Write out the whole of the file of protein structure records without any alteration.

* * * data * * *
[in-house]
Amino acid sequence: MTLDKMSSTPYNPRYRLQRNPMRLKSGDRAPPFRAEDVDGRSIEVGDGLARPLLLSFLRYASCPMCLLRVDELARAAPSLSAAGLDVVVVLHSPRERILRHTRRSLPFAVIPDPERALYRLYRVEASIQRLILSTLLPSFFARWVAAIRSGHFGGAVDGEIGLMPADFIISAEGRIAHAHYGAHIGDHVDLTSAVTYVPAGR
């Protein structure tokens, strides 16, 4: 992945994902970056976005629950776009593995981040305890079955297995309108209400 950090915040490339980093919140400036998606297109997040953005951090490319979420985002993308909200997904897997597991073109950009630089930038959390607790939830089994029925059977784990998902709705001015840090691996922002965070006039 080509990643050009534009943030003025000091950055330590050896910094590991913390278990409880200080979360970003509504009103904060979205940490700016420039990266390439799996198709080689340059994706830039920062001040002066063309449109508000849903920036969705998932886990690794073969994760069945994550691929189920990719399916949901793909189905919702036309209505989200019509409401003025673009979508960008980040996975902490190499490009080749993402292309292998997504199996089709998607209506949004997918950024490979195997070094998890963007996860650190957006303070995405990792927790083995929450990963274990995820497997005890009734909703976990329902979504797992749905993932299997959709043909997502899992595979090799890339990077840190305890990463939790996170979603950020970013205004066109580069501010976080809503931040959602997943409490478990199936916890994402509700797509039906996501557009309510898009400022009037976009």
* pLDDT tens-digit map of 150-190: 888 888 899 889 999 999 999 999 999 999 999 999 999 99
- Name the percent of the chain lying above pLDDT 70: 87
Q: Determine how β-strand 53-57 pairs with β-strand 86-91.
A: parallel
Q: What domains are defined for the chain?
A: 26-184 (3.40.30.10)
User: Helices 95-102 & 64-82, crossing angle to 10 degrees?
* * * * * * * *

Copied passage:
[in-house]
Amino acid sequence: MTLDKMSSTPYNPRYRLQRNPMRLKSGDRAPPFRAEDVDGRSIEVGDGLARPLLLSFLRYASCPMCLLRVDELARAAPSLSAAGLDVVVVLHSPRERILRHTRRSLPFAVIPDPERALYRLYRVEASIQRLILSTLLPSFFARWVAAIRSGHFGGAVDGEIGLMPADFIISAEGRIAHAHYGAHIGDHVDLTSAVTYVPAGR
């Protein structure tokens, strides 16, 4: 992945994902970056976005629950776009593995981040305890079955297995309108209400 950090915040490339980093919140400036998606297109997040953005951090490319979420985002993308909200997904897997597991073109950009630089930038959390607790939830089994029925059977784990998902709705001015840090691996922002965070006039 080509990643050009534009943030003025000091950055330590050896910094590991913390278990409880200080979360970003509504009103904060979205940490700016420039990266390439799996198709080689340059994706830039920062001040002066063309449109508000849903920036969705998932886990690794073969994760069945994550691929189920990719399916949901793909189905919702036309209505989200019509409401003025673009979508960008980040996975902490190499490009080749993402292309292998997504199996089709998607209506949004997918950024490979195997070094998890963007996860650190957006303070995405990792927790083995929450990963274990995820497997005890009734909703976990329902979504797992749905993932299997959709043909997502899992595979090799890339990077840190305890990463939790996170979603950020970013205004066109580069501010976080809503931040959602997943409490478990199936916890994402509700797509039906996501557009309510898009400022009037976009």
* pLDDT tens-digit map of 150-190: 888 888 899 889 999 999 999 999 999 999 999 999 999 99
- Name the percent of the chain lying above pLDDT 70: 87
Q: Determine how β-strand 53-57 pairs with β-strand 86-91.
A: parallel
Q: What domains are defined for the chain?
A: 26-184 (3.40.30.10)
User: Helices 95-102 & 64-82, crossing angle to 10 degrees?